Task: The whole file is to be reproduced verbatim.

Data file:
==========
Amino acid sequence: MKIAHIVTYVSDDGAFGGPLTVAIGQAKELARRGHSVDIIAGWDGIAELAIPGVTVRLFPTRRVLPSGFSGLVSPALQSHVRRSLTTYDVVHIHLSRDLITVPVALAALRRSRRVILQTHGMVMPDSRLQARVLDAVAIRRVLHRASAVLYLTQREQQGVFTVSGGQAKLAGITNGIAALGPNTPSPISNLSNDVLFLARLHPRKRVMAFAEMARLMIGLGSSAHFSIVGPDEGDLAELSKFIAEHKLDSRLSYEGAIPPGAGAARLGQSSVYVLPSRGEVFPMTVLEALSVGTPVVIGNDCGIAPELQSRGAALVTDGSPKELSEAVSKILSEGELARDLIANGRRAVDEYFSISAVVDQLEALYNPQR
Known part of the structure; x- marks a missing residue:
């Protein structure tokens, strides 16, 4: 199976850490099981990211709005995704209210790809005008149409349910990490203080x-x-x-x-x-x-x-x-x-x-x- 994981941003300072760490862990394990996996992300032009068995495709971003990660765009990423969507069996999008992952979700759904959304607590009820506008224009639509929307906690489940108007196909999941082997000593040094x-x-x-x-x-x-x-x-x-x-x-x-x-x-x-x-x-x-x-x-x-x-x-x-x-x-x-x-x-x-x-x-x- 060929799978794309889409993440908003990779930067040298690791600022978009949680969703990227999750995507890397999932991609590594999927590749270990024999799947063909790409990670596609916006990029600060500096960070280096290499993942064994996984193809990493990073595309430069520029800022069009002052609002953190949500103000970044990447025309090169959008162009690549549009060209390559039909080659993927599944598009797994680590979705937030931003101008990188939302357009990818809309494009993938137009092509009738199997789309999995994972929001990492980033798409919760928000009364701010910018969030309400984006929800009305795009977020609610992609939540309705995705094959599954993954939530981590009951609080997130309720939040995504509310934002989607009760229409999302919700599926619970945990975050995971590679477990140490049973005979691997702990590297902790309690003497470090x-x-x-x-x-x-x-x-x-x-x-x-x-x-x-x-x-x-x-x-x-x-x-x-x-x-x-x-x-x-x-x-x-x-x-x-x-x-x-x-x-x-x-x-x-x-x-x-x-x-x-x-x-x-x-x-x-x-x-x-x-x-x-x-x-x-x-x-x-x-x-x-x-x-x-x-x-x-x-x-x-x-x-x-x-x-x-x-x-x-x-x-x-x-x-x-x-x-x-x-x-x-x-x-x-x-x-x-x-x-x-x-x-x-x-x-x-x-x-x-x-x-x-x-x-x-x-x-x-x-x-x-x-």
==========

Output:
Amino acid sequence: MKIAHIVTYVSDDGAFGGPLTVAIGQAKELARRGHSVDIIAGWDGIAELAIPGVTVRLFPTRRVLPSGFSGLVSPALQSHVRRSLTTYDVVHIHLSRDLITVPVALAALRRSRRVILQTHGMVMPDSRLQARVLDAVAIRRVLHRASAVLYLTQREQQGVFTVSGGQAKLAGITNGIAALGPNTPSPISNLSNDVLFLARLHPRKRVMAFAEMARLMIGLGSSAHFSIVGPDEGDLAELSKFIAEHKLDSRLSYEGAIPPGAGAARLGQSSVYVLPSRGEVFPMTVLEALSVGTPVVIGNDCGIAPELQSRGAALVTDGSPKELSEAVSKILSEGELARDLIANGRRAVDEYFSISAVVDQLEALYNPQR
Known part of the structure; x- marks a missing residue:
């Protein structure tokens, strides 16, 4: 199976850490099981990211709005995704209210790809005008149409349910990490203080x-x-x-x-x-x-x-x-x-x-x- 994981941003300072760490862990394990996996992300032009068995495709971003990660765009990423969507069996999008992952979700759904959304607590009820506008224009639509929307906690489940108007196909999941082997000593040094x-x-x-x-x-x-x-x-x-x-x-x-x-x-x-x-x-x-x-x-x-x-x-x-x-x-x-x-x-x-x-x-x- 060929799978794309889409993440908003990779930067040298690791600022978009949680969703990227999750995507890397999932991609590594999927590749270990024999799947063909790409990670596609916006990029600060500096960070280096290499993942064994996984193809990493990073595309430069520029800022069009002052609002953190949500103000970044990447025309090169959008162009690549549009060209390559039909080659993927599944598009797994680590979705937030931003101008990188939302357009990818809309494009993938137009092509009738199997789309999995994972929001990492980033798409919760928000009364701010910018969030309400984006929800009305795009977020609610992609939540309705995705094959599954993954939530981590009951609080997130309720939040995504509310934002989607009760229409999302919700599926619970945990975050995971590679477990140490049973005979691997702990590297902790309690003497470090x-x-x-x-x-x-x-x-x-x-x-x-x-x-x-x-x-x-x-x-x-x-x-x-x-x-x-x-x-x-x-x-x-x-x-x-x-x-x-x-x-x-x-x-x-x-x-x-x-x-x-x-x-x-x-x-x-x-x-x-x-x-x-x-x-x-x-x-x-x-x-x-x-x-x-x-x-x-x-x-x-x-x-x-x-x-x-x-x-x-x-x-x-x-x-x-x-x-x-x-x-x-x-x-x-x-x-x-x-x-x-x-x-x-x-x-x-x-x-x-x-x-x-x-x-x-x-x-x-x-x-x-x-």